The Vodka is produced on a much smaller still with reduced flow rates, so stripping the heads/tails on the larger still saves a boat load of time on the smaller.  Probably seems strange, but it works.

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12 hours ago, mheisz said:

We are actually doing the same thing as an experiment although we are combining the late heads and tails of various product distillations (wheat vodka, corn whisky and whisky) together and running those as a whisky.  To be honest we don't have a clue how this is going to turn out but our thought process is the same as yours and the flavour was similar to what you describe.

Hope it works for both of us!

Mheisz -

Good luck with that.  I'm curious to know how that product would be designated, since you are combining the different products after they are distilled.

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16 hours ago, kelbor said:

As far as getting a lot of tails, try slowing down your run a bit and periodic "re-stacking" of your column with the dephlag control as you get close to the tail. Your large tail volume could be from here or perhaps from a unhealthy ferment. If it was me, I'd be looking at way to reduce my amounts of tails rather then trying to find ways to utilize them.....Good luck! 

 

Thanks for the suggestion - As a brewer by trade, my ferments are pretty clean - I even "pasteurize" the wort before pitching since it is mashed at a temp where lots of stuff can survive.  Since my Vodka process involves three different distillations, I make very conservative cuts on the second run so that very little of the tail smell or burn gets to the final distillation.  The resulting Vodka is really clean and probably not cost effective on a larger scale, but that is the beauty of craft distilling and self distribution.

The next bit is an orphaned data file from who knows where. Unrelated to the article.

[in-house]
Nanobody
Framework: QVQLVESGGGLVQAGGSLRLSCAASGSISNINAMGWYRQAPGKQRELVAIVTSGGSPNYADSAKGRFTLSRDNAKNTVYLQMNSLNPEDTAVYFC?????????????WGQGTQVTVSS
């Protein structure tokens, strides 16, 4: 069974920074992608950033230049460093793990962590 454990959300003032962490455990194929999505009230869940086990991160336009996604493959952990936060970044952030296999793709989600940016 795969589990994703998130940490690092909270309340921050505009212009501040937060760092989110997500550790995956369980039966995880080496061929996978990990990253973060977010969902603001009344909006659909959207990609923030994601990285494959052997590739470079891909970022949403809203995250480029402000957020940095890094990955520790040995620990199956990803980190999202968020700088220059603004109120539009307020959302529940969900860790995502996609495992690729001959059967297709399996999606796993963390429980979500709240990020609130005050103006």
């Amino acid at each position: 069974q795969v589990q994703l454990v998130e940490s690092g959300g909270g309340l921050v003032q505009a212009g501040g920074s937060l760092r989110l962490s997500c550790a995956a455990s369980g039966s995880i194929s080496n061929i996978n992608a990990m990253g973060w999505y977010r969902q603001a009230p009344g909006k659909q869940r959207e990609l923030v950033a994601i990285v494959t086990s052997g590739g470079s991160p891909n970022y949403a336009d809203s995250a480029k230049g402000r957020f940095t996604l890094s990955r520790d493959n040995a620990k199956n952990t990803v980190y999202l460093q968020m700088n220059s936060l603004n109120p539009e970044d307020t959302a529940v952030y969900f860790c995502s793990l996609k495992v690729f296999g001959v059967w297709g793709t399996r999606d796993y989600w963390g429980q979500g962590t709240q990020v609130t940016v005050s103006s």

Perhaps charcoal would clean up anything that happened to get through from going deeper into the tails but I don't like risking it.  If the tails make good whiskey, I would rather age that since the Vodka already pays for itself and it is expensive to put malt whiskey up in a barrel for 2+ years... 

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Well you can't call it whiskey if distilled above 160 proof; however, you can call it "light whiskey."

Light Whiskey:

Whisky produced in the U.S. at more than 80% alcohol by volume (160 proof) [but less than 95% alcohol by volume (190 proof)] and stored in used or uncharred new oak containers

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10 hours ago, fa20driver said:

Mheisz -

Good luck with that.  I'm curious to know how that product would be designated, since you are combining the different products after they are distilled.

I m in Canada.  We have different naming rules to go by so there are a few options.   We won't have all that much so if it turns out we will cross that bridge when we get there.  

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You can also easily pull the tails from your final column run at under 160 if you want. If you have the valves set up, just bypass the column when you start getting tails and collect them without going through plates.

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Does anyone else this this is a suspect approach?  I can't fathom the possibility of processing tails into something palatable let alone having any commercial benefit.  Please correct my naiveté.

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Scotts and many others use the feints from previous runs and put them in the wash or low wines of the next run. You'll also see "Reserve" spirits from feints. It's also pretty common with home distillers.

 

Example here, all "Queen's Share" bottles are feints runs: http://maggiesfarmrum.com/buy-now/